|More Information on the Yamaha FZ700/750|
The Yamaha FZ750 is a sports motorcycle produced by Yamaha Motor Corporation between 1985 and 1991. The FZ750 is notable for several reasons, perhaps the most radical being the 5-valve cylinder head with a radial arrangement. This became something of a Yamaha trademark, and although disputed in recent years, it was argued that for a given lift, the 3 inlet valves flowed more efficiently than conventional twin inlet valves. What was indisputable was that their light weight allowed for faster opening speeds, and softer valve springs, all contributing to theoretical increases in engine speed and thus power outputs. Whatever the scientific merits, the bikes were famous for their linear power delivery, and in 1985 it was still considered impressive to achieve 150mph from a 750 road machine. Yamaha also designed the motor to have a forward-inclined cylinder block, to effectively lower the centre of gravity. As a result, the FZ750 ran a relatively long wheelbase, which hampered it when used for road racing. What was clear was that Yamaha had considered the engine design in the overall package, rather than as had happened before, when engines were created, and then somehow bundled into a chassis. The FZ750 show-cased Yamaha's design skills.
Yamaha released the FZ750 in 1985. The bike was popular, and competed well against others in the "sport" class of motorcycles. The machine was noticeably narrower than many contemporaries. Yamaha achieved this by placing the alternator behind the cylinders, instead of the more normal position: on the end of the crankshaft.
The FZ750 uses an all-aluminium, liquid-cooled, transverse-mounted, four-cylinder engine. The complex cylinder head is constructed in two halves, with dual chain-driven overhead camshafts operating 20 valves, 3 inlet and 2 exhaust per cylinder. Valve clearances are adjusted with under-lifter shims.
The four 34 mm Mikuni constant-velocity downdraft carburettors are mounted in a bank behind and above the cylinders and feed each cylinder through short intake manifolds. Four exhaust downpipes join a box below the engine where the gases are split to exit through two silencers.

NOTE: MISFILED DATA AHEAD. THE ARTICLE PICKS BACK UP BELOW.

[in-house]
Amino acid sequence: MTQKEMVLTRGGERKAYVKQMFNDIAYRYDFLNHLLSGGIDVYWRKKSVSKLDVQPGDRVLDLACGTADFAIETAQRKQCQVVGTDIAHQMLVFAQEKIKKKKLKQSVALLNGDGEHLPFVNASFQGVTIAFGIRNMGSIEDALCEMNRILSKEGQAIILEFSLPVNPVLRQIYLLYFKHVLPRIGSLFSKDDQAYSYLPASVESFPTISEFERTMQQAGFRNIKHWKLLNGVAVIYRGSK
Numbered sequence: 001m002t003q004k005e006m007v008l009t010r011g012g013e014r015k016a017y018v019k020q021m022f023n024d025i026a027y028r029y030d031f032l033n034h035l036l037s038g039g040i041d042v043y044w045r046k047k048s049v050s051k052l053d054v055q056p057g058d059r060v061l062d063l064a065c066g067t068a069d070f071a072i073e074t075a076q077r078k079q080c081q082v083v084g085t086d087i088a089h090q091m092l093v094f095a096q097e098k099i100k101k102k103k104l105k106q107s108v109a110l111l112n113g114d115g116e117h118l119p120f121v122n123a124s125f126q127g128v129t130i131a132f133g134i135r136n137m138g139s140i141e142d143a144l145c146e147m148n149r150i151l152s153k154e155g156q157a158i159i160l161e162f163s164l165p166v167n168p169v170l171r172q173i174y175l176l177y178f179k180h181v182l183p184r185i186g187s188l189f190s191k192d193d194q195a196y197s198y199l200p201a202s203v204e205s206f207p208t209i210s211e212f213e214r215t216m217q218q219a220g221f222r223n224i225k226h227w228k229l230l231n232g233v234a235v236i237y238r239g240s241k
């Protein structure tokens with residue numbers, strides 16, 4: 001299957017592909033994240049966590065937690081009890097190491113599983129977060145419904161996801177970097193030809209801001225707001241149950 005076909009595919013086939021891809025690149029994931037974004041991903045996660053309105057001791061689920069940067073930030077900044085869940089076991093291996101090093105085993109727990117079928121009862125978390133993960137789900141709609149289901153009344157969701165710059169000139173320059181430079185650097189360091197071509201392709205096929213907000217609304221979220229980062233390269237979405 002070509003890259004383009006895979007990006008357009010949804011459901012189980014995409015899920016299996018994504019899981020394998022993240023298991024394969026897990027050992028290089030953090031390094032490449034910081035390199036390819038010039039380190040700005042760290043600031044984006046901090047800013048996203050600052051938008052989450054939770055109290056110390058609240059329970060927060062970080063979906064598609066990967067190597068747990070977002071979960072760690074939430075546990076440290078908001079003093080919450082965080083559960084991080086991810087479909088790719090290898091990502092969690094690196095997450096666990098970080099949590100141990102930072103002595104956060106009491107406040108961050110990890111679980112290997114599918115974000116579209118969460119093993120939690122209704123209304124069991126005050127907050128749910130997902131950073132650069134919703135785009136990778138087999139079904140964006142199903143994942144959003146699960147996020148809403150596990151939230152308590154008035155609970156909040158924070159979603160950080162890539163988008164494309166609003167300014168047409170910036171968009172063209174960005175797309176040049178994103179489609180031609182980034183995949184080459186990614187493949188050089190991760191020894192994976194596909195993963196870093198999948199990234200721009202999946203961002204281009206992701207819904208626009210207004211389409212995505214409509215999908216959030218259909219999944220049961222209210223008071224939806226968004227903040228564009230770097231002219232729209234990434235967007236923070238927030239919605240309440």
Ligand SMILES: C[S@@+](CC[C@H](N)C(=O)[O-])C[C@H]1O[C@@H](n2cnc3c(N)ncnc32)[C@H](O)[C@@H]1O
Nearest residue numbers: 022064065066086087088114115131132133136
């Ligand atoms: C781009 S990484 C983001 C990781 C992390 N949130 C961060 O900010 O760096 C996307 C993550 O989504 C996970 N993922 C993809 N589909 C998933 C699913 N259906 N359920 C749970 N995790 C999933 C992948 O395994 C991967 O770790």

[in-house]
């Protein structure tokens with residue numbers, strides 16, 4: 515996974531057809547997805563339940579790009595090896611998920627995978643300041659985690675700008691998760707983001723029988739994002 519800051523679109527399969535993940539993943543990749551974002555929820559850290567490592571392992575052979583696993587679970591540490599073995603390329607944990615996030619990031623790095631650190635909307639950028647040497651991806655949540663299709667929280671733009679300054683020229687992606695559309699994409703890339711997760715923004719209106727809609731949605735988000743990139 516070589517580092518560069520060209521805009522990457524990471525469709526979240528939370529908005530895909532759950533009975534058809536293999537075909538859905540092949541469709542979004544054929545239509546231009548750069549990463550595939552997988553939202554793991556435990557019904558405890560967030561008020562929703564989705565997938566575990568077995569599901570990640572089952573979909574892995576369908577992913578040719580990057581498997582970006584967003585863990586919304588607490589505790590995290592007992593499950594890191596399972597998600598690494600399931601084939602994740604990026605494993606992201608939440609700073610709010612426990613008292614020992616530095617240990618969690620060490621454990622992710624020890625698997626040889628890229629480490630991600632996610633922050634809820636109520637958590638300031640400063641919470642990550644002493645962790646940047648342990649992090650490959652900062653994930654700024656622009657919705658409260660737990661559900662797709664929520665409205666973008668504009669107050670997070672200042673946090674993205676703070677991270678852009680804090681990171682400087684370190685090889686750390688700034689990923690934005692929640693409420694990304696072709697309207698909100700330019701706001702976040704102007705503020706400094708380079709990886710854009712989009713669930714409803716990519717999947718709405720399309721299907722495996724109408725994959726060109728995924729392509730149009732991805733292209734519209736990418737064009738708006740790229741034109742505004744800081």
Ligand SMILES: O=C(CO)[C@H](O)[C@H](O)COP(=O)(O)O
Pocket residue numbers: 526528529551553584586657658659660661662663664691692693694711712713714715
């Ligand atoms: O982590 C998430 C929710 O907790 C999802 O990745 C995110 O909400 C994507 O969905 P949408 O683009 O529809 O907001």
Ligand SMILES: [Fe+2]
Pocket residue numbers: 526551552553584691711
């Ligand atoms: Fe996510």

The crankshaft is geared directly to the clutch. No counter balancer shaft is used. Starting is by electric starter only. Lubrication is wet sump using a trochoid pump.
The FZ750 uses a six-speed sequential close ratio gearbox; the gear shafts are only removable by splitting the crankcase halves. The clutch is of the wet, multi-plate type and is hydraulically operated. Final drive is by O-ring chain and sprockets. A safety feature of the FZ750 is that the engine ignition is cut if first gear is selected with the sidestand down; this is commonplace on modern motorcycles.
The frame of the FZ750 is manufactured from mild steel box-section and uses a perimeter layout. The fairing and upper rear section use separate cylindrical tubing sub-frames. The rear shock absorber is placed vertically behind the engine and connects to an extruded aluminium alloy swinging arm via several forged aluminium rocker arms. The 16-inch (410 mm) front wheel is held between spring and oil damped forks. Later models of the FZ750 used a 17-inch-diameter (430 mm) front wheel. Early FZ750s used twin ventilated disc brakes for the front wheel with a single ventilated disc at the rear. Later versions used unventilated disks, with four piston calipers on the front.
The FZ750 features a standard 12 volt electrical system. The alternator and starter motor are mounted behind the cylinders. Yamaha's self-cancelling indicator unit is used and a variable-resistance gauging system is used to monitor engine oil contents with associated warning lights. Nippondenso Transistor Controlled Ignition (TCI) is used in conjunction with two coils.
The bike won the Castrol Six Hour in 1985 and 1986.